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NONFICTION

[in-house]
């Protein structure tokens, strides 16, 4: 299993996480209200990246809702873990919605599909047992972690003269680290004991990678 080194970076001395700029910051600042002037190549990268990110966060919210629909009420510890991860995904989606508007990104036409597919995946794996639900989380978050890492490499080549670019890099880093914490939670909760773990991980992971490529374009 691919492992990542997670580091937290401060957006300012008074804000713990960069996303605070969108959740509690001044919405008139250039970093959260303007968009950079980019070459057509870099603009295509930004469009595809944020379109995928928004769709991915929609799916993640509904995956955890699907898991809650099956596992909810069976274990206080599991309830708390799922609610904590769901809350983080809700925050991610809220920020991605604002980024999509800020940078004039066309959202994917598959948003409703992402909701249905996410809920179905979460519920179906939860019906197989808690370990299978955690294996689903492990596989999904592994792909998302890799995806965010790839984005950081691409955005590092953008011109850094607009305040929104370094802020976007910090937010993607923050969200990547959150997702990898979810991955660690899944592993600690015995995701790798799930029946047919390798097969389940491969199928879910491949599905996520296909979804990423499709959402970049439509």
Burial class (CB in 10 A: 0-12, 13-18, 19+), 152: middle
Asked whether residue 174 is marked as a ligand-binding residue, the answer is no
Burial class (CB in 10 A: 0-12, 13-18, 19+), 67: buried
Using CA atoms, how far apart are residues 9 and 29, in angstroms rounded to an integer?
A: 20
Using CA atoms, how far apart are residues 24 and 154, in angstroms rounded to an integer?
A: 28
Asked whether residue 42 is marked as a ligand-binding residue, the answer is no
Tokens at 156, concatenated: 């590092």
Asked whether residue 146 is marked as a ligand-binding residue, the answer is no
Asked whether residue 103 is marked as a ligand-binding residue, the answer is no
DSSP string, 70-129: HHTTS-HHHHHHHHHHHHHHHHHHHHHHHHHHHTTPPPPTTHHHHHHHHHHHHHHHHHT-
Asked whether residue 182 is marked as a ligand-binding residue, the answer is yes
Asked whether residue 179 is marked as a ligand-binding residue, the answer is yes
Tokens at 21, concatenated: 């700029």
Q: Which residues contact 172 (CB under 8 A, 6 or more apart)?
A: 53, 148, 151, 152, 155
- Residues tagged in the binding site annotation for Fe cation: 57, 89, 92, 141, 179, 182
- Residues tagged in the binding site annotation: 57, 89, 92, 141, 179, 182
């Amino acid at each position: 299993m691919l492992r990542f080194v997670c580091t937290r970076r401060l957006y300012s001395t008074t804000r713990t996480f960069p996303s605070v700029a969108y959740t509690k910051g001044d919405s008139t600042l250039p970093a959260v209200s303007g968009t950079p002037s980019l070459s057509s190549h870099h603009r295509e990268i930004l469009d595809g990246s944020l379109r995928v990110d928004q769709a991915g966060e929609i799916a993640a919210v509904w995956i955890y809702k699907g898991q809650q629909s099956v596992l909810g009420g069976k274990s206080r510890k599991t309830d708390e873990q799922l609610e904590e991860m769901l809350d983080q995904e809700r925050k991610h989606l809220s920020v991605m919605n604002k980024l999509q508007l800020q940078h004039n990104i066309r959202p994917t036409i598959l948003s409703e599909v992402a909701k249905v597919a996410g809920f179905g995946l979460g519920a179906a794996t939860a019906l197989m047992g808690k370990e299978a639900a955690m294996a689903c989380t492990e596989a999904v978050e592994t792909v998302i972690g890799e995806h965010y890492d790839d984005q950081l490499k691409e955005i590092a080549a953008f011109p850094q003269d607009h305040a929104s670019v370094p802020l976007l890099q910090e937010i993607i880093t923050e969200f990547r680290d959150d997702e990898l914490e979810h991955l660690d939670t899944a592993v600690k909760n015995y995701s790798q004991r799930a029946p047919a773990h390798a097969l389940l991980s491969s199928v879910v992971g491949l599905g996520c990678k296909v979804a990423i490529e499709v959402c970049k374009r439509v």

THE NEW INDIVIDUALISTS: The Generation after The Organization Man by Paul Leinberger and Bruce Tucker (HarperCollins: $24.95: 464 pp.). It’s a good question: If Organization Man, in William H. Whyte’s famous formulation, was an ingenuous cog in an enormous corporate machine, what sort of career path would his children take? Paul Leinberger, a consultant and himself the son of one of Whyte’s original subjects, and Bruce Tucker, a free-lance writer, have tracked down hundreds of organization-man families and discovered both enormous disappointment and hope: companies that broke implied promises to loyal employees, and children who pursue an independence their fathers never dreamed of. “The New Individualists” suffers from an overabundance of pop-psych social science--the authors cite everyone from Freud and Max Weber to David Riesman, Gail Sheehy and Theodore Roszak--but their extended profiles of two organizational families, the Myerses and the Harrisons, are remarkable jobs of reporting.


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